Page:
|AT A GLANCE|
|WHERE||Cascade Creek flows from Mountain Lake on Mount Constitution in Moran State Park into Buck Bay on East Orcas Island. The watershed lies within San Juan County.|
|WHAT||The Cascade Creek project provides permanent flow protection for Cascade Creek the most significant salmon bearing stream in the San Juan Islands|
|WHO||WWT partnered with Orcas Water Holdings, Washington Department of Ecology, Washington Department of Fish and Wildlife, Wild Fish Conservancy, San Juan County, Orcas Island Community Foundation and KWIAHT-Center for the Historical Ecology of the Salish Sea|
|WHY||To ensure reliable stream flow during July-October that will support coho, chum, sea-run cutthroat and domestic water use.|
|WHEN||Ongoing since 2009|
Historically, Cascade Creek on Orcas Island was the most significant salmon bearing stream in the San Juan Islands. Today this stream supports three anadromous species including coho, chum and sea-run cutthroat that spawn in the lower 200 yards of the creek downstream from a 30-foot water fall.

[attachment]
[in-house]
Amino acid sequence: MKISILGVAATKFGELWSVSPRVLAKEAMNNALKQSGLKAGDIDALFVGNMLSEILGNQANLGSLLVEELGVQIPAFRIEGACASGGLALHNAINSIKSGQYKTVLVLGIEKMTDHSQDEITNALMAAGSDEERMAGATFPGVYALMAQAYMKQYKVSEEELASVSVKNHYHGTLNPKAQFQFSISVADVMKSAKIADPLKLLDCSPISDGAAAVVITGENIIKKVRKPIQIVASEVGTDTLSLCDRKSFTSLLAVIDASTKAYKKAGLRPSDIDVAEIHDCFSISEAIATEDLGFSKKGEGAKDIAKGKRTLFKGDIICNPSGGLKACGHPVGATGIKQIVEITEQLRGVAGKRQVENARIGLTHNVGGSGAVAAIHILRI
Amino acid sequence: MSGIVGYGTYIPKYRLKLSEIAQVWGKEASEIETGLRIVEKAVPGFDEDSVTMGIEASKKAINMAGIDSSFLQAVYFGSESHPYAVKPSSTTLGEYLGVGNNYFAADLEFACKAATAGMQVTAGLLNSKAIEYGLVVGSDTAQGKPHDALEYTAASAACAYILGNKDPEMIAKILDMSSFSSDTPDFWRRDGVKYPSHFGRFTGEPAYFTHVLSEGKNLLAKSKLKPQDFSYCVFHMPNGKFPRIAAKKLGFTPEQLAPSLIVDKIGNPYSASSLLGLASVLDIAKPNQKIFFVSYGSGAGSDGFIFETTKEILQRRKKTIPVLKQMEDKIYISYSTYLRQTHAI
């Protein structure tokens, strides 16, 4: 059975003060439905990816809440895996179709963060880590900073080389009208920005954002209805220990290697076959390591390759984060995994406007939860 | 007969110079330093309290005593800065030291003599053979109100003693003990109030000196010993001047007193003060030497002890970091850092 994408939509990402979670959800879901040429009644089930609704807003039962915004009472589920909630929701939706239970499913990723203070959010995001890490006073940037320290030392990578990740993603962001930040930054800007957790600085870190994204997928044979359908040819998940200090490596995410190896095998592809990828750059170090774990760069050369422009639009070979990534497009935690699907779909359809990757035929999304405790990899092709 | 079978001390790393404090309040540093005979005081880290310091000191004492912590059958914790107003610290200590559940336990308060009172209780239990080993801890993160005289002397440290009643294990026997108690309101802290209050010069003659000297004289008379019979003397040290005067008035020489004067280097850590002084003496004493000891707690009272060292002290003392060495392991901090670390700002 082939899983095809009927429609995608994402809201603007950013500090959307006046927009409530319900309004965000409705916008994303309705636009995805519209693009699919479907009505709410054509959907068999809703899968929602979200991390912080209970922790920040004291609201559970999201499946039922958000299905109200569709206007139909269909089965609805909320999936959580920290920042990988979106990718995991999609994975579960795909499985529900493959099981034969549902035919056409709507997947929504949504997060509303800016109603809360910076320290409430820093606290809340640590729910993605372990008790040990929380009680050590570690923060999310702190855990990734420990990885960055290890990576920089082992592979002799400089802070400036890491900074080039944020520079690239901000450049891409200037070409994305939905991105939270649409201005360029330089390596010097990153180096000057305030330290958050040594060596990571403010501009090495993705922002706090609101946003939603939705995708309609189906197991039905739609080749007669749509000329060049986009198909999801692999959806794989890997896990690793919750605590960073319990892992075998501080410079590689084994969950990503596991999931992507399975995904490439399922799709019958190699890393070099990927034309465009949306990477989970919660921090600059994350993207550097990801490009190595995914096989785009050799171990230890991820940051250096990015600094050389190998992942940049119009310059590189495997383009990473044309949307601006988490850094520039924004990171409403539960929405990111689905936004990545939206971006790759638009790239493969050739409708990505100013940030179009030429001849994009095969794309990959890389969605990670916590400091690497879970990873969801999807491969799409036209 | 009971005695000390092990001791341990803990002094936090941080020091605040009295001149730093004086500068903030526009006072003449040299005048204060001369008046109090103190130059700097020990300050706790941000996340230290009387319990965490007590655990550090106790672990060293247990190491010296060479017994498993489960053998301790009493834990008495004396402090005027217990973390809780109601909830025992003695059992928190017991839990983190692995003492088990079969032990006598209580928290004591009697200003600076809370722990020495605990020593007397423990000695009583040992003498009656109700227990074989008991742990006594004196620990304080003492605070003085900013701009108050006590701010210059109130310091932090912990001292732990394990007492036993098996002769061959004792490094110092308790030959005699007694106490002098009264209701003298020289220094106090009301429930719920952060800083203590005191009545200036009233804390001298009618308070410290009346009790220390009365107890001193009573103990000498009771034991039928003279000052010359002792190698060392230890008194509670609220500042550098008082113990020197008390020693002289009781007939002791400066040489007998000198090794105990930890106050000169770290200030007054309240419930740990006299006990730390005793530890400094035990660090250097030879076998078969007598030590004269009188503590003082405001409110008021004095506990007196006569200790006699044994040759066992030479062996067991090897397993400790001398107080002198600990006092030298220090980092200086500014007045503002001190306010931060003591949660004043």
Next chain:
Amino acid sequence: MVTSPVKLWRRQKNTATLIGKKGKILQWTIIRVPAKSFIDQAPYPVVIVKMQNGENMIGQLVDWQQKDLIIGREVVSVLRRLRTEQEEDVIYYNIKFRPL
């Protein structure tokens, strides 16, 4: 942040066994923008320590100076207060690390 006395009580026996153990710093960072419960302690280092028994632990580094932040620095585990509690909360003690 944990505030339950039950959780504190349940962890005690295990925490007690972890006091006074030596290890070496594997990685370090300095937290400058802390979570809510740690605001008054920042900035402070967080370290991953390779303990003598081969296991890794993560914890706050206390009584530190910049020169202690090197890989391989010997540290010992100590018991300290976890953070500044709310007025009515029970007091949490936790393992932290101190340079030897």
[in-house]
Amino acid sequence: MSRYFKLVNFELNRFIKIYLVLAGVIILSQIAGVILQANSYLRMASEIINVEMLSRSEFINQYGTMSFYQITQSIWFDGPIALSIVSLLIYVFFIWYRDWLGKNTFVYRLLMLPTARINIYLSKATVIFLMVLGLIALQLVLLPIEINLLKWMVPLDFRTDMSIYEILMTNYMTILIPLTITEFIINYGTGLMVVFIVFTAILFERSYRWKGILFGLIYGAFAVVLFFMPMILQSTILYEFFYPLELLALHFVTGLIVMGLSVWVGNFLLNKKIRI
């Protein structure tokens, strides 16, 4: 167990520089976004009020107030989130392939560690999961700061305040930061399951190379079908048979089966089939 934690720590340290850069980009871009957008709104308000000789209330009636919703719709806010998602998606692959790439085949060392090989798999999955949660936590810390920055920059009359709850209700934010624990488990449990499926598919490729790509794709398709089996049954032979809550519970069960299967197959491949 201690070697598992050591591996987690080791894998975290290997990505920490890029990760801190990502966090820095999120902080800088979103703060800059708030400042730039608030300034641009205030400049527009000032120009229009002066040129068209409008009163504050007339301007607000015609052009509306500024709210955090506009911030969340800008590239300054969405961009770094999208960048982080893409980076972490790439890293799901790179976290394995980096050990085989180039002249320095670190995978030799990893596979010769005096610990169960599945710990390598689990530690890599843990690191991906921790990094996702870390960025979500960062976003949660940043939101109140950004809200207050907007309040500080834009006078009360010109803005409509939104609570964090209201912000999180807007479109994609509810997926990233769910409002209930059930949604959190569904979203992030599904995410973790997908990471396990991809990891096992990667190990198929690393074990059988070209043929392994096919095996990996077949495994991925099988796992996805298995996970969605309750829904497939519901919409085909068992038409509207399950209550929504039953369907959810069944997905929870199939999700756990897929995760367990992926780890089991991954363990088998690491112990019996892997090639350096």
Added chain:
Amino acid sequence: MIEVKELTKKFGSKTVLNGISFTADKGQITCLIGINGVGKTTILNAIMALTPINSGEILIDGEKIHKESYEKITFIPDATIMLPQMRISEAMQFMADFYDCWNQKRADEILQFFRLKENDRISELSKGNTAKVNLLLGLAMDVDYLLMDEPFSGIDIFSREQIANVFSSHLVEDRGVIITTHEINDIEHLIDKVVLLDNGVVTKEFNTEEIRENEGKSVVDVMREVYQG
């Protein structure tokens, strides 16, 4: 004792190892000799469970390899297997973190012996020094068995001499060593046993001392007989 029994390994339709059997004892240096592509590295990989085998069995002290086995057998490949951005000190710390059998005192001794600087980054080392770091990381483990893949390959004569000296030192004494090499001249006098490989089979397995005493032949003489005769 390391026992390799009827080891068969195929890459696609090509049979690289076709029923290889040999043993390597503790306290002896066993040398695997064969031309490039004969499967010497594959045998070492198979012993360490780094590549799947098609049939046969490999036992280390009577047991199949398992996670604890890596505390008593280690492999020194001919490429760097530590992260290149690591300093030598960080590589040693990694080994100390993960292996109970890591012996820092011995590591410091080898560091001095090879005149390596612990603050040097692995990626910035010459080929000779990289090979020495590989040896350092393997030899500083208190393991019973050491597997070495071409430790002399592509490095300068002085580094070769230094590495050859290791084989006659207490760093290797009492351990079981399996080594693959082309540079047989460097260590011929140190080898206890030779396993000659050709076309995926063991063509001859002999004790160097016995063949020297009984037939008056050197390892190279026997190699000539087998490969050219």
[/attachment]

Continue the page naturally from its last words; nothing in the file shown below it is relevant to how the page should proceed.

Most of Cascade Creek watershed lies in Moran State Park and is recognized as an important recreational, educational and ecological resource. Even so, 100 years of growth on Orcas Island had stressed a limited water supply and left salmon without protected stream flow.
Cascade Creek is also an important domestic water source for the villages of Olga and Doe Bay and Rosario Resort on east Orcas Island. The century old Rosario Resort owned the largest and most senior water right on Cascade Creek. In 2009, a landmark agreement was signed between Washington Water Trust and the water right holder of the Rosario water right. Washington Water Trust purchased a portion of the water right (.25 cfs in June, July and August and .5 cfs in September and October). This amount of water will ensure that there is always water in the creek for both salmon and other wildlife at times critical to their survival, and for domestic water users who rely on Cascade Creek as their water supply. “Where salmon are concerned, a little water can go a long way,” says Amanda Cronin of Washington Water Trust. “As we studied this system, we quickly realized that just small increases in the flows of Cascade Creek during the late summer would make a life or death difference for the fish populations there.”